Behance

Behance is part of Adobe’s suite of design tools and services. They are a platform like Dribbble where you can showcase your design work. According to Adobe, Behance is the leading online platform to showcase and discover creative work. Behance is free to join. Like the current version of Dribbble, Behance has no invite-only system for new designers. Instead, you can signup right away.

Dribbble vs Behance

You can choose multiple platforms for sharing your designs, with Dribbble and Behance being the two of the most famous ones. Now, I can imagine that you don’t have the time to create extensive profiles with a lot of content on both platforms. I wouldn’t recommend doing so either.

Which one should you spend your time on and why? Read more about this in my Dribbble vs Behance guide.

Website builders for your UX portfolio

Next, it is time to discuss website builders, or content management systems (CMS), which you can use to share your portfolio. The pros and cons of this approach are the opposite of social media platforms. Your reach is smaller. However, the website is yours, and it will remain that way forever.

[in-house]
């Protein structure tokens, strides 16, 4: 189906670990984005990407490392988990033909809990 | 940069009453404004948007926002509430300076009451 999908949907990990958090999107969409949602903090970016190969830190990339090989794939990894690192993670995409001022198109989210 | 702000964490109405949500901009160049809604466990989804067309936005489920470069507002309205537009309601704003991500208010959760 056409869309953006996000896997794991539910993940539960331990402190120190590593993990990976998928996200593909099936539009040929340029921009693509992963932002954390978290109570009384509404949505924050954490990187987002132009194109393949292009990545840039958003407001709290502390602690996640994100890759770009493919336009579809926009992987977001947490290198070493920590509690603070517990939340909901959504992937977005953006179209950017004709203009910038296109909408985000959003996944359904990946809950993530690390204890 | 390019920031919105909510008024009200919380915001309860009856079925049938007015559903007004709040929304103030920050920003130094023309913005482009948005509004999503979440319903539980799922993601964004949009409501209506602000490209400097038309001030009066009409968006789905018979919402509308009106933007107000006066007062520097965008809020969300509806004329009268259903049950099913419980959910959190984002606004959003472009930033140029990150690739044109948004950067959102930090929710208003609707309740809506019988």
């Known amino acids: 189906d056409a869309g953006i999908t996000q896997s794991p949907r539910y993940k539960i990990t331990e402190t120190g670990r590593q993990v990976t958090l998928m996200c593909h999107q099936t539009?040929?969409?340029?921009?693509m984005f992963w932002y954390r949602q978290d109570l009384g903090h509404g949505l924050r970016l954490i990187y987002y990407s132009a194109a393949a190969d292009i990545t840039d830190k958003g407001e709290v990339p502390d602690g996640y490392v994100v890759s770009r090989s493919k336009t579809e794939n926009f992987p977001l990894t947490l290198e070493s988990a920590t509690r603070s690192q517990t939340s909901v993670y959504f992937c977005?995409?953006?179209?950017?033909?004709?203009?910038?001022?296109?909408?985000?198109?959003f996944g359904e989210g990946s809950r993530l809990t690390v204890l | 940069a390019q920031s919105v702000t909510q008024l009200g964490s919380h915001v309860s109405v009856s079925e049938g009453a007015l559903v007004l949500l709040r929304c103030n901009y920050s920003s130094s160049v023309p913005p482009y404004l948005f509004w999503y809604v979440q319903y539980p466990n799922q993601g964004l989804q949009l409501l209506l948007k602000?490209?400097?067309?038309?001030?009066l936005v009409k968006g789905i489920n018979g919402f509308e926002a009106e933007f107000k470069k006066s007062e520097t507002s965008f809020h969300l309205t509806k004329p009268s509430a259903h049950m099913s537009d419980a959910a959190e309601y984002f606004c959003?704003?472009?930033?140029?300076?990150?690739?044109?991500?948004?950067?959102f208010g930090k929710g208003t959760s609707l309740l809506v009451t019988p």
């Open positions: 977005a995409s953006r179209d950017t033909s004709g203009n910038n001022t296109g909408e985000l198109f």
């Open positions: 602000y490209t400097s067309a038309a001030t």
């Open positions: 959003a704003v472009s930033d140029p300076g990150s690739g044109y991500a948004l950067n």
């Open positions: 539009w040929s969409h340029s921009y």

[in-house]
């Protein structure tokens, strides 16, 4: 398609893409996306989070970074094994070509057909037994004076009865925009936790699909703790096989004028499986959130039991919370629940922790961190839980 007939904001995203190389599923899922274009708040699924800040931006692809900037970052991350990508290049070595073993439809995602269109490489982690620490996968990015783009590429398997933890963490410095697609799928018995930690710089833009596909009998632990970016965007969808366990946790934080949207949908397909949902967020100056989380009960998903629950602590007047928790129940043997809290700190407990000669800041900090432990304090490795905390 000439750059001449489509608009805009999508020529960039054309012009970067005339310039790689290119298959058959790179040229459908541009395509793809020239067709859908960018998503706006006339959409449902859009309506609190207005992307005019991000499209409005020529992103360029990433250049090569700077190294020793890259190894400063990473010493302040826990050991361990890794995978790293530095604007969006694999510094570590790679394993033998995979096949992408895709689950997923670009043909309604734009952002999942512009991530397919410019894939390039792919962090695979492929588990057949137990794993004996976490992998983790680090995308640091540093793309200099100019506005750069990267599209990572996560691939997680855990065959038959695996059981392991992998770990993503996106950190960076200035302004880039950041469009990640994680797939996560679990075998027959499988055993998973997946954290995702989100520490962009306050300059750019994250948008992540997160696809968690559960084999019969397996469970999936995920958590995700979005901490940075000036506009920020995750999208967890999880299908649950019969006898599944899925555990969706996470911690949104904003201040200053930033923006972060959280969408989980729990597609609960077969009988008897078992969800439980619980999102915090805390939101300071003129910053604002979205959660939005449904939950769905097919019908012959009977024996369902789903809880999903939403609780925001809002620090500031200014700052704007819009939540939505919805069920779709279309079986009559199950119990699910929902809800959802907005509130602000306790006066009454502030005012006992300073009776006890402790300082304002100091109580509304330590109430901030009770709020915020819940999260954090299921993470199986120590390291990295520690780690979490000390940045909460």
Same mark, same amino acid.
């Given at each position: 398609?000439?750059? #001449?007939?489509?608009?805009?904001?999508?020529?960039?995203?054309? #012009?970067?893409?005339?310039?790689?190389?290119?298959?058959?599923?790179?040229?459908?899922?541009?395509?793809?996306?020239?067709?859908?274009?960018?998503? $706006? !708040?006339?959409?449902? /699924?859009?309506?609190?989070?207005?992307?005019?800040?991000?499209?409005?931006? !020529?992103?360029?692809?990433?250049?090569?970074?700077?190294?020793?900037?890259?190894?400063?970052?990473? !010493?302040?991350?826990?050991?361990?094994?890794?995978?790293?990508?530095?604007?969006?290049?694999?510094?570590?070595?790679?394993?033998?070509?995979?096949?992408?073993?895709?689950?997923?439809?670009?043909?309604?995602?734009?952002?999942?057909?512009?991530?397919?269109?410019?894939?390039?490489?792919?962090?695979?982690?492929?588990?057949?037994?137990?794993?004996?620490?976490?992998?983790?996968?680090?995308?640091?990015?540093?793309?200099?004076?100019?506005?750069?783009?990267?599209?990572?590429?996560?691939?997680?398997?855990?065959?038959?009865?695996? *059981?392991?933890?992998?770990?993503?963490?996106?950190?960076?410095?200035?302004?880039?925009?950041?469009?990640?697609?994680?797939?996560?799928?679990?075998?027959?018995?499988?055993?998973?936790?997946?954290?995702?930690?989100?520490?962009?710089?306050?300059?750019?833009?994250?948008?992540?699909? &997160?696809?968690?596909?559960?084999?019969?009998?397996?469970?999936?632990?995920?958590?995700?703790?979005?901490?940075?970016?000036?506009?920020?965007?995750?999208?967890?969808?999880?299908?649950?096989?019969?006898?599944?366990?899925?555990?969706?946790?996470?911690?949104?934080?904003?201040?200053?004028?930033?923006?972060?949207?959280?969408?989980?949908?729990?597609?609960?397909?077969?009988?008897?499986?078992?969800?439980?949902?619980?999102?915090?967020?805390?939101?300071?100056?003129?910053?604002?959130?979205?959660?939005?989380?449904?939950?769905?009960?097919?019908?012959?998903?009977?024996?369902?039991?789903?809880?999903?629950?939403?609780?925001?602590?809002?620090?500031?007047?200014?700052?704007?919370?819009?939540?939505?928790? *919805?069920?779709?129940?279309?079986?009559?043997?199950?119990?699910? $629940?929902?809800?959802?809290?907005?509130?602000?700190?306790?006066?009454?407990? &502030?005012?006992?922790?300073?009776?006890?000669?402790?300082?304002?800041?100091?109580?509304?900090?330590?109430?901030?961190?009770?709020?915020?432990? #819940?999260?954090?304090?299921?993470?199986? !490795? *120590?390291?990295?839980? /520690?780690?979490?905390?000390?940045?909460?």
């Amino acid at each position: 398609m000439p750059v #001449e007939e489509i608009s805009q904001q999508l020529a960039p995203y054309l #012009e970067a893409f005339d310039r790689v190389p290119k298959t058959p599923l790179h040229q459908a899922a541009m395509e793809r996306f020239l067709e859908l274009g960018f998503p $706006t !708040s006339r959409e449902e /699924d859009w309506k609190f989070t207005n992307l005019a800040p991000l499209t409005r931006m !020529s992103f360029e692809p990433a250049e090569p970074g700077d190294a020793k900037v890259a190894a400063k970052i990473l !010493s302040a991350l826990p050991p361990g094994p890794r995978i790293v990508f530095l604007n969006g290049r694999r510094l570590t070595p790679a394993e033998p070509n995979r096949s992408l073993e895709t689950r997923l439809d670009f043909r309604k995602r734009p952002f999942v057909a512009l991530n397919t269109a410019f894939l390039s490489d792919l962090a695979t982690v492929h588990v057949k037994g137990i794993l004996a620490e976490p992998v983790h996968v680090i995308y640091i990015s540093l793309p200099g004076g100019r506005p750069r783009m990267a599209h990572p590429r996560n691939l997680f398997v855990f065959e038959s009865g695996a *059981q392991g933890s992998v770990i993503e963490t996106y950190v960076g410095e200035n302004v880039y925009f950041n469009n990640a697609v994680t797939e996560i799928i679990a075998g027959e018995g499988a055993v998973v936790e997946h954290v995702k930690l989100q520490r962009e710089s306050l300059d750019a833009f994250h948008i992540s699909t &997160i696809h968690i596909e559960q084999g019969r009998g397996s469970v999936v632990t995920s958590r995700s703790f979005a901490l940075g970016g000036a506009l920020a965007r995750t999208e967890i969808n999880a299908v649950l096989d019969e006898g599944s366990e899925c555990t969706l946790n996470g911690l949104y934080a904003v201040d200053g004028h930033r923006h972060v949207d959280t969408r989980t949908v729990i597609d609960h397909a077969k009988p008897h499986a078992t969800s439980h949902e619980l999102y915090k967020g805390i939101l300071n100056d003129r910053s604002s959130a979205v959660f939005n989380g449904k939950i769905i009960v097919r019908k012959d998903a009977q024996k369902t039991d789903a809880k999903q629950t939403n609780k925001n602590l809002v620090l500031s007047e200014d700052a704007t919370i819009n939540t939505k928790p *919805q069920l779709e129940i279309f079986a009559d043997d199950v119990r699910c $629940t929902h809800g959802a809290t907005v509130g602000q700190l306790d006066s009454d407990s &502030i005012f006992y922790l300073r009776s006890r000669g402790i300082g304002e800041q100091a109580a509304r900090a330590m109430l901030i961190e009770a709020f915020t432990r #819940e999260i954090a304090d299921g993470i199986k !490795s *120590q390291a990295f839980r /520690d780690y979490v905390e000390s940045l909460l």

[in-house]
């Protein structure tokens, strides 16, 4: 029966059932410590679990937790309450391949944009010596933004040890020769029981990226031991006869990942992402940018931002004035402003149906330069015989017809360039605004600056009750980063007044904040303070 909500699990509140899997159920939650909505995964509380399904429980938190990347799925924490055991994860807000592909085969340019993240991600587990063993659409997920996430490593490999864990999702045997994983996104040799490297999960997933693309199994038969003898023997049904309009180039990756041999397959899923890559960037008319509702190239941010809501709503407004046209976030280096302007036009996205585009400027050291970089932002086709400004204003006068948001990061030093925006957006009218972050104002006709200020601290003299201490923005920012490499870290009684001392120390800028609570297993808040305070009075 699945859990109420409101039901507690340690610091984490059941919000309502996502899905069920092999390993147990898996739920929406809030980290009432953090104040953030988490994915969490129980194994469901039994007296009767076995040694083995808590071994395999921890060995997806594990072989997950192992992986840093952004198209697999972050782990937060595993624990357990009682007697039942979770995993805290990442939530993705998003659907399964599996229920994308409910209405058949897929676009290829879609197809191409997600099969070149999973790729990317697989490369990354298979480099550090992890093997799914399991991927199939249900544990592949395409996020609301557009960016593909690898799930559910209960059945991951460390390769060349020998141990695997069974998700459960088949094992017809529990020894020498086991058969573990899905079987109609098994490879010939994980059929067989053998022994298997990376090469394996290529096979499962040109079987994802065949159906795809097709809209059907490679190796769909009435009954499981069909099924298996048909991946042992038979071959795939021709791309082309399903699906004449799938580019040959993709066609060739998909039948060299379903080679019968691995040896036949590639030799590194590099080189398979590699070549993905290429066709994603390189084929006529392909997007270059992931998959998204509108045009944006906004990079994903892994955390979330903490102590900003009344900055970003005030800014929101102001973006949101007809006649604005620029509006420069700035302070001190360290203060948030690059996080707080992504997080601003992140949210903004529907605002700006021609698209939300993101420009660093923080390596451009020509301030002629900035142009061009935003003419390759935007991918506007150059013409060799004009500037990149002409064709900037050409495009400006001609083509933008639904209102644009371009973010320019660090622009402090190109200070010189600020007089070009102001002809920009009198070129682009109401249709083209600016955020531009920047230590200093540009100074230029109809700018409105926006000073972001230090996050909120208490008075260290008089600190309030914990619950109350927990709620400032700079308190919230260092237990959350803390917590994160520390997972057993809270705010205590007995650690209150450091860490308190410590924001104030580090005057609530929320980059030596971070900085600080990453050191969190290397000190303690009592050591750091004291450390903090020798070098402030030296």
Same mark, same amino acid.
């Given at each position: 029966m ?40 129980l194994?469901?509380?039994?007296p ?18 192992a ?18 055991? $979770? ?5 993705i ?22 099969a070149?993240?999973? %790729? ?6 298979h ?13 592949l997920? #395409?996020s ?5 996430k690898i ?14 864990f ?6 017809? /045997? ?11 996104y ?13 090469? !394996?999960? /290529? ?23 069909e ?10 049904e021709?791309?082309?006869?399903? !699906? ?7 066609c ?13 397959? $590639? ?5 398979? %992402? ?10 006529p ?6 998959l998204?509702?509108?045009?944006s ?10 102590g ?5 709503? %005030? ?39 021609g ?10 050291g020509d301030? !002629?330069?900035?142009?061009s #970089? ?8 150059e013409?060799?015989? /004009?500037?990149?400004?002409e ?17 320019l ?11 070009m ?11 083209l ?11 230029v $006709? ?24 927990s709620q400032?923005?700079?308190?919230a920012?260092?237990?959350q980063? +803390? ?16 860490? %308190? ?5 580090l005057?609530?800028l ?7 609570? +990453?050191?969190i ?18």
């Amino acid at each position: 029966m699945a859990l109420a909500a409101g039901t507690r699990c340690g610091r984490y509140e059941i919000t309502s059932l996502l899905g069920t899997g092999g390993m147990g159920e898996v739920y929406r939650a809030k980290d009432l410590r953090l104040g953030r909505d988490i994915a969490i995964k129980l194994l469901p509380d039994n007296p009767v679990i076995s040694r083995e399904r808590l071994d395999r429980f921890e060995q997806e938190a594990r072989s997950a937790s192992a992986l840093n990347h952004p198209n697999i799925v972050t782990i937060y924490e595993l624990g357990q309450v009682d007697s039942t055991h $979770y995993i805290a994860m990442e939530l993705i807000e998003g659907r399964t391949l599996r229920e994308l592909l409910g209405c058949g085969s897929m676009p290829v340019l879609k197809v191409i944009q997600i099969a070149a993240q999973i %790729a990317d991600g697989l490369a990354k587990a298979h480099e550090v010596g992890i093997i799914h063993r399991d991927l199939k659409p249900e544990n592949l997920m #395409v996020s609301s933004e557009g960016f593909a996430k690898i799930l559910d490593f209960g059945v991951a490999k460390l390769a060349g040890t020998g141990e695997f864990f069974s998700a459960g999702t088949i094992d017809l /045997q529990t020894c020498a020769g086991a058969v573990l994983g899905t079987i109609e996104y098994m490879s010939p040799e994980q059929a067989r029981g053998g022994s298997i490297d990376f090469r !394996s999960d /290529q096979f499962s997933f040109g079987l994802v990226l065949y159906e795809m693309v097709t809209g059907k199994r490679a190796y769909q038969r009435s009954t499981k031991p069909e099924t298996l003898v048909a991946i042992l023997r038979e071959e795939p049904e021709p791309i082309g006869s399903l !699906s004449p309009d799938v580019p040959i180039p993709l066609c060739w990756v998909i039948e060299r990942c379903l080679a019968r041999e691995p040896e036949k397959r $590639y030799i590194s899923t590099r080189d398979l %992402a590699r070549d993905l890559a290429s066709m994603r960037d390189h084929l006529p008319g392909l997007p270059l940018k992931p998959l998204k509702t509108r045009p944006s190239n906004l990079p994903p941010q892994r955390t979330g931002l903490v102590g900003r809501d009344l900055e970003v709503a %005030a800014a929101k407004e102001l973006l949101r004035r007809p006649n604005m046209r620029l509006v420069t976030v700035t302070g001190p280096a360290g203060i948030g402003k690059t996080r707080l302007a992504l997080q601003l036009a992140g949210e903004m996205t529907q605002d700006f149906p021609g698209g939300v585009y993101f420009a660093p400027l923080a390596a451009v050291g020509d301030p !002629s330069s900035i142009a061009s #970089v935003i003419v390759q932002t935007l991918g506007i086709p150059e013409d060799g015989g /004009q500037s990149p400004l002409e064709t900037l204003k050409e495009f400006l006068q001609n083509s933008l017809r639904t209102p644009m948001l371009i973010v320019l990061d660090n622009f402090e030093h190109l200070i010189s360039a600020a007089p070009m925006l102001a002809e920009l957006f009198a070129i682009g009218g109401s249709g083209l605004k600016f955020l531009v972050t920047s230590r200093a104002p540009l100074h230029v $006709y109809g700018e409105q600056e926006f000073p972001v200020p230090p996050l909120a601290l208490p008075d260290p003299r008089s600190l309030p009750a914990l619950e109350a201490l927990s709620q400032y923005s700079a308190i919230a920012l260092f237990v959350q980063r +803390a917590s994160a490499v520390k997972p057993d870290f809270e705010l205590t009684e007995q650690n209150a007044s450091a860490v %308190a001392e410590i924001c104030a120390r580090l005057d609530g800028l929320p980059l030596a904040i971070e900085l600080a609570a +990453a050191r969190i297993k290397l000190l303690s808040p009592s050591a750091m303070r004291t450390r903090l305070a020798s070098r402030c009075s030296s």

Wordpress logo

WordPress

WordPress is a free, open-source content management solution that is great for designers. It has been around for quite some time, with the initial release of WordPress being back in 2003.

You can use WordPress for free on your website. The big plus for hosting your portfolio is that it is yours. Social platforms like Dribbble and Behance could disappear tomorrow. Your entire online portfolio could be gone if that happens. It will not happen when you create your UX portfolio website yourself.

Another bonus is that you can do additional stuff on your websites like growing your audience, mailing list, and personal branding. These will all enable you to grow a design business and a professional network.

WordPress themes for UX portfolios

Next to all upsides, WordPress has downsides as well. WordPress is free, but many of the great UX portfolios you see online are built using paid plugins.